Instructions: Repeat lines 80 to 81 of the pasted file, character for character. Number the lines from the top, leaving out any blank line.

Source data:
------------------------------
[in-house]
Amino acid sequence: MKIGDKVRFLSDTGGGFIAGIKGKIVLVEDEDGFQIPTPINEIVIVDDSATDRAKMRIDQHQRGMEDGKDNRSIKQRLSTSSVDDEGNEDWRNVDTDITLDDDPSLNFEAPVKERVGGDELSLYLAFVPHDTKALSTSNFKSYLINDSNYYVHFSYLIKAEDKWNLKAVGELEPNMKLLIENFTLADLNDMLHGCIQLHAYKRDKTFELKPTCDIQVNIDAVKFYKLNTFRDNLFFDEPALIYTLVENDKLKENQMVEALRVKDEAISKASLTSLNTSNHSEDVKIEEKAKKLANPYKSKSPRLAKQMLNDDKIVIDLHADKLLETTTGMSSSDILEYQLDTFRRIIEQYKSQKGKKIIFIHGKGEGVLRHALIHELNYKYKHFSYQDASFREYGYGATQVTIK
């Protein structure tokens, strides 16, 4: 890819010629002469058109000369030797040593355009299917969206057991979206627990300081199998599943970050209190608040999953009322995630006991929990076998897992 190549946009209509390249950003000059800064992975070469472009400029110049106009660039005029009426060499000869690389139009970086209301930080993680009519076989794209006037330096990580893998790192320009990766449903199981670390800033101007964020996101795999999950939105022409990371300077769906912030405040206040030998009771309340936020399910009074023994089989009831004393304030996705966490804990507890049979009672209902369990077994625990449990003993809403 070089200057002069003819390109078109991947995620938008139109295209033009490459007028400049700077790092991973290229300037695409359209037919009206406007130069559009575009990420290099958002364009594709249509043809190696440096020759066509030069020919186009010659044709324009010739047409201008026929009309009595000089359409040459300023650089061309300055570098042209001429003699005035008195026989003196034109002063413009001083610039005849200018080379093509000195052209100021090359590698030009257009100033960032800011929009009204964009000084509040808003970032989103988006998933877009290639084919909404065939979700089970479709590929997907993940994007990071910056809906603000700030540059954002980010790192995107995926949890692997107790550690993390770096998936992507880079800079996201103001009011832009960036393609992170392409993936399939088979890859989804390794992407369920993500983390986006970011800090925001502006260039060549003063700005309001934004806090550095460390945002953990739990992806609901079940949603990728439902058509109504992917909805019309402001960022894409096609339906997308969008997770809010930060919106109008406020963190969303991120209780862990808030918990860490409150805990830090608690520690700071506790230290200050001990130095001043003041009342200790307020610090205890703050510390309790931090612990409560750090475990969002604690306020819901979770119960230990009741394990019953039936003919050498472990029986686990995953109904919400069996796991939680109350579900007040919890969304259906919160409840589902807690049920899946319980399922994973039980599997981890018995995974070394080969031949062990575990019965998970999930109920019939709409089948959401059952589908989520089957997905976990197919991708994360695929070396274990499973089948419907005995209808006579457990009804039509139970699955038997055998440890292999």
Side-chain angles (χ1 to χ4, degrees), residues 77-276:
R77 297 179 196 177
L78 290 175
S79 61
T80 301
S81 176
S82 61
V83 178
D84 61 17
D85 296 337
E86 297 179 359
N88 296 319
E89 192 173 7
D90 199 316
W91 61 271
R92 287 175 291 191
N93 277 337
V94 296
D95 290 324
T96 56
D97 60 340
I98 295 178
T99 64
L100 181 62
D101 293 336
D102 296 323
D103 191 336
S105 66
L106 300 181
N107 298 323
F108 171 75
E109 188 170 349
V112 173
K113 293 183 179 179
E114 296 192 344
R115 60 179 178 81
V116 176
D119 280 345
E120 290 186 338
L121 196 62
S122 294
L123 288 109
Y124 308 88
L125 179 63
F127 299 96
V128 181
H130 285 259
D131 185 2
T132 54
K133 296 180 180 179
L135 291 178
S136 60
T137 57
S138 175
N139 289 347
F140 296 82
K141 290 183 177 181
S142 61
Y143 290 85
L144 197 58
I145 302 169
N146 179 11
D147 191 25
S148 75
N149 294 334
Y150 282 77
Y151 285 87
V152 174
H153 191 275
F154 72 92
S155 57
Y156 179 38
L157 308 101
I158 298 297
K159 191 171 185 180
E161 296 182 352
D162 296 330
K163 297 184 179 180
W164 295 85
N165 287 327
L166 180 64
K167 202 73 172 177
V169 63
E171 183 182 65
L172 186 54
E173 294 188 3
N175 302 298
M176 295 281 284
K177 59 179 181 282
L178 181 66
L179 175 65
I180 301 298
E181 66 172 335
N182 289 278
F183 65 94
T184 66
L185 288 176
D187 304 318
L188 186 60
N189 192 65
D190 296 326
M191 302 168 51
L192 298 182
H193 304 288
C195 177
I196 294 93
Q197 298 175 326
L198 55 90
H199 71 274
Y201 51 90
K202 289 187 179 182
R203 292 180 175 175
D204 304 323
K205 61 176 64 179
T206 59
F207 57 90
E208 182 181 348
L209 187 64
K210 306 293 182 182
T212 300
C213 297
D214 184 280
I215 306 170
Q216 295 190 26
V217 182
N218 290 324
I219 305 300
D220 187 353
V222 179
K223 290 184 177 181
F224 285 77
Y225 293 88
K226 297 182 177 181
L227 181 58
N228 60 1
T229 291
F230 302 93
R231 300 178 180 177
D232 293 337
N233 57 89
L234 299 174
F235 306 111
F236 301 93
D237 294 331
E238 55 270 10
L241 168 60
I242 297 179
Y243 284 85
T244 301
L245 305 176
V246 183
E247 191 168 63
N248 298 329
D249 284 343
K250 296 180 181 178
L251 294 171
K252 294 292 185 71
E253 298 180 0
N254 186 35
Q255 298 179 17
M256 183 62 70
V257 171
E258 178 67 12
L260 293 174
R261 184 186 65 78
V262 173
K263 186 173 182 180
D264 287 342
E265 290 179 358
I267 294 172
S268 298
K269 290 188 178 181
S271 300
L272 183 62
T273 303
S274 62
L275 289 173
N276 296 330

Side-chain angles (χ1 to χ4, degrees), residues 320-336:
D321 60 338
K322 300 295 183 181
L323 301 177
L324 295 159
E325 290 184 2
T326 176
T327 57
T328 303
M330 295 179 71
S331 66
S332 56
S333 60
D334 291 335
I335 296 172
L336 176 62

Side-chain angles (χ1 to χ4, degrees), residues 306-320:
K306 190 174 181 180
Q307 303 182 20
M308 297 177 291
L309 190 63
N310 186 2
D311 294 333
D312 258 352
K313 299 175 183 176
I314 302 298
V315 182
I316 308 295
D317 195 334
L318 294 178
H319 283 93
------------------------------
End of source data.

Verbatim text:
D162 296 330
K163 297 184 179 180